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Internships increase Inuit employment in GN
Figures stuck at 50 per cent, despite program success

Beth Brown
Northern News Services
Saturday, March 17, 2017

The Government of Nunavut is eight interns closer to increasing Inuit representation in management positions.

NNSL photo/graphic

The Sivuliqtiksat Internship Program held an orientation session for eight new interns, Feb. 28 to March 2. Participants concluded their visit with a sitting at the legislative assembly. Pictured from left with Premier Peter Taptuna are Neevee Natsiapik, Ron Froese, Steven Curley, David Pitseolak, Sylvia Netser, David Korgak, Ovilok Olsen-Hakongak, Sammy Anngnaluak, Sandy Napier, Margaret Nakashuk, Albert Netser, Linda Vaillancourt and Patricia Lear. - photo courtesy of GN

New participants of the Sivuliqtiksat Internship Program visited Iqaluit for orientation sessions Feb. 28 to March 2.

The one- to three-year internship program, offered by the GN since 2001, is geared towards training Inuit employees for manager, director or specialized positions within government.

"It's given me a sense of pride knowing that I've been selected as an Inuit woman to learn and to successfully complete the internship to become a new manager," said Ovilok Olsen-Hakongak, 26, who is working towards a position as regional manager of human resources for the Department of Health.

"I think it's important to have someone, whether they are Inuit or not, who has lived in the North for a period of time so they understand the people, the communities the culture," she said, in reference to management roles.

The position is a jump for her from the Department of Finance, where she worked in payroll and benefits. She saw the internship program as a positive step for both personal growth and career development. She's been an intern with the Department of Health for two-and-a-half months and said she is learning just how much goes in to running the complex department.

"It gets me out of my comfort zone. I've been with Finance for so long that coming into this internship, it's a whole lot of new. I'm seeing, reading and doing things I have never done before."

quotePositions filling fastquote

There are currently 11 of 16 positions filled in the Sivuliqtiksat program.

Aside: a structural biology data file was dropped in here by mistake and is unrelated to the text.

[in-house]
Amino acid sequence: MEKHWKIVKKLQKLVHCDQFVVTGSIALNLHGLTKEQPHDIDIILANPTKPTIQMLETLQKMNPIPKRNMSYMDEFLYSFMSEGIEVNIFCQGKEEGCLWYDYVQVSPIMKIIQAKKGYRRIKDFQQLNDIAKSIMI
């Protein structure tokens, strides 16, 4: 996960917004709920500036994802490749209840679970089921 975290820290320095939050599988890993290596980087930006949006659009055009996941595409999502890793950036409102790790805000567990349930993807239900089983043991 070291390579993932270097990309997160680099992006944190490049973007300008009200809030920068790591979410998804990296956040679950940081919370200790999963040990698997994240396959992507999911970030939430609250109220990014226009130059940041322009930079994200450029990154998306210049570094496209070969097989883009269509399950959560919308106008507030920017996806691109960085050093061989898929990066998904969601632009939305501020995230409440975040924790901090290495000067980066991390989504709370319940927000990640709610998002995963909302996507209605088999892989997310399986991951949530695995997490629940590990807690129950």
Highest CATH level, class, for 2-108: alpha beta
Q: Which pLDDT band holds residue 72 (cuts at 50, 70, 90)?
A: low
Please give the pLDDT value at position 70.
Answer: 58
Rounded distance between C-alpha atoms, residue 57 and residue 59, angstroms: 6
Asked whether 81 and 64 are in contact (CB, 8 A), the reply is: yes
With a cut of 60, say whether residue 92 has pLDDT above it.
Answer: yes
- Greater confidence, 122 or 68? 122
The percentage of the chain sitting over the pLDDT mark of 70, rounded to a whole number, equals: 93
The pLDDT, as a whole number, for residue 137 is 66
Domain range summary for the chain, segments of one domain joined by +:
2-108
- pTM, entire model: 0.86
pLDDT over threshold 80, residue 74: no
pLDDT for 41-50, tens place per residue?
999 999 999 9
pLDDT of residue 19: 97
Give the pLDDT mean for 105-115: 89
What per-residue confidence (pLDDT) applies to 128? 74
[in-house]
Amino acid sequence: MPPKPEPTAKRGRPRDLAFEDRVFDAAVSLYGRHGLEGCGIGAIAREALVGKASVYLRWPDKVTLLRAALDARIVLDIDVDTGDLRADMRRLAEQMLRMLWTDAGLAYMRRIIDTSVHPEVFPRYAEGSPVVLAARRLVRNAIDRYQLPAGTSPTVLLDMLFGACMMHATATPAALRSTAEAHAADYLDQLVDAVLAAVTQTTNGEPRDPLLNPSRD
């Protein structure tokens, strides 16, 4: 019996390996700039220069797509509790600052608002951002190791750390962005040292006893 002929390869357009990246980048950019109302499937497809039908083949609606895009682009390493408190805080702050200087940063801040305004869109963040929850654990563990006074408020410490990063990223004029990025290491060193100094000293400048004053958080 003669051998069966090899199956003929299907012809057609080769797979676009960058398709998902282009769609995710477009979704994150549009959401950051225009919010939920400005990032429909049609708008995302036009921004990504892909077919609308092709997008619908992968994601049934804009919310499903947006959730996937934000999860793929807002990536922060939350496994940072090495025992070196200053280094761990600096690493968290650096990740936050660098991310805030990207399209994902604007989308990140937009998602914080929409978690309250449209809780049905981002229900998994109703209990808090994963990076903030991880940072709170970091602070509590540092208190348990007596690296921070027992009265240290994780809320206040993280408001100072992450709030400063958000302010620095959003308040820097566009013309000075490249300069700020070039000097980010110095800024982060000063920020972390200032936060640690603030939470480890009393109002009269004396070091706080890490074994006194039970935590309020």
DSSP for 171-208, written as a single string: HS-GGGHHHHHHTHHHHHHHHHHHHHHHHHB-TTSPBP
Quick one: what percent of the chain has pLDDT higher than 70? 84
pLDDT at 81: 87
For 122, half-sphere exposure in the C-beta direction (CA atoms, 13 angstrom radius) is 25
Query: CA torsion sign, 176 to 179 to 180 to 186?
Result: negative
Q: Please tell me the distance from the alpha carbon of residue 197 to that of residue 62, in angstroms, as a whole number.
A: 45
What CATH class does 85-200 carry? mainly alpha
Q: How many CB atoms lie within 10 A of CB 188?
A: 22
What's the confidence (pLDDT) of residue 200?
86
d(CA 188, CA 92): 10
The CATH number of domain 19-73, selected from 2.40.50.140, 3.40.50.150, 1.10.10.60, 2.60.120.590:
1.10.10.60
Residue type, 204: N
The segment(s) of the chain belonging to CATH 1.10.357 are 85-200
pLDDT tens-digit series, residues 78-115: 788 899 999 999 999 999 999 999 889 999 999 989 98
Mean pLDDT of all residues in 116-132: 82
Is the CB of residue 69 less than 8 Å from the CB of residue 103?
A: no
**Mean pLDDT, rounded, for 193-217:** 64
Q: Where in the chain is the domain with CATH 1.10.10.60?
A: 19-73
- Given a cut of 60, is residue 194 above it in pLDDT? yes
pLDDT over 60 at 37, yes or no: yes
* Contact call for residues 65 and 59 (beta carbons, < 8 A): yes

"We're predicting for 2017-18 a full (program), and it's going to be full for the first time in quite a while," said Sheila Kolola, director of the Sivumuaqatigiit division within Executive and Intergovernmental Affairs, which oversees the internship program.

There were six Sivuliqtiksat interns in March of last year.

The new interns will be working in departments such as Community and Government Services, Family Services, Environment, and Justice.

The curriculum or learning plan for each intern is tailored to the new employee, to fill in any gaps they have in their existing experience. As for what job they will fill, that's up to the department that seeks out the intern.

"(The department) has to have a target position that the incumbent will be appointed to at the end of their internship and they have to have a dedicated trainer in place for that intern," said Kolola.

She said the program is of special benefit to more remote hamlets in Nunavut, where resources are fewer.

"It's very exciting for the locals when an intern appears in their community," she said.

The average budget for the program is $2 million annually, which includes salaries for the 16 positions,

as well as $25,000 per intern per year for training, education and related travel costs, as well as program operations and maintenance.

The program had seen 51 interns at the time the Department of Finance released its 2015-16 Public Service Address, of which 28 had completed their internships. Of those 51 interns, 84 per cent still work for the GN.

quoteA sitting in the legislaturequote

The interns visited the legislative assembly while in Iqaluit, March 2.

"I am proud of our government's work to attain a representative public service, and the Sivuliqtiksat internship program is a successful example of our efforts to fulfill Article 23 of the Nunavut Agreement," said Premier Peter Taptuna in his welcoming address.

While respective MLAs were pleased to have visitors in from their regions for the sitting, South Baffin MLA David Joanasie used the interns' presence as a way to further his critique of the recent budget address regarding Inuit employment in government.

"The minister alluded earlier to the Sivuliqtiksat interns. Nonetheless, the numbers fall short of our goals," he said.

The current percentage of Inuit employed in government is averaged at 50 per cent, while the estimated target is 85 per cent, to properly reflect demographics.

Joanasie noted that while the GN had put substantial efforts into increasing this percentage, no progress has been made.

"This figure has hovered around 50 percent ever since we started reviewing the reports since December 2013.

"We have to double our efforts. If our goal is 85 percent, then we need to create vast numbers of training programs within the Nunavut government programs and services."

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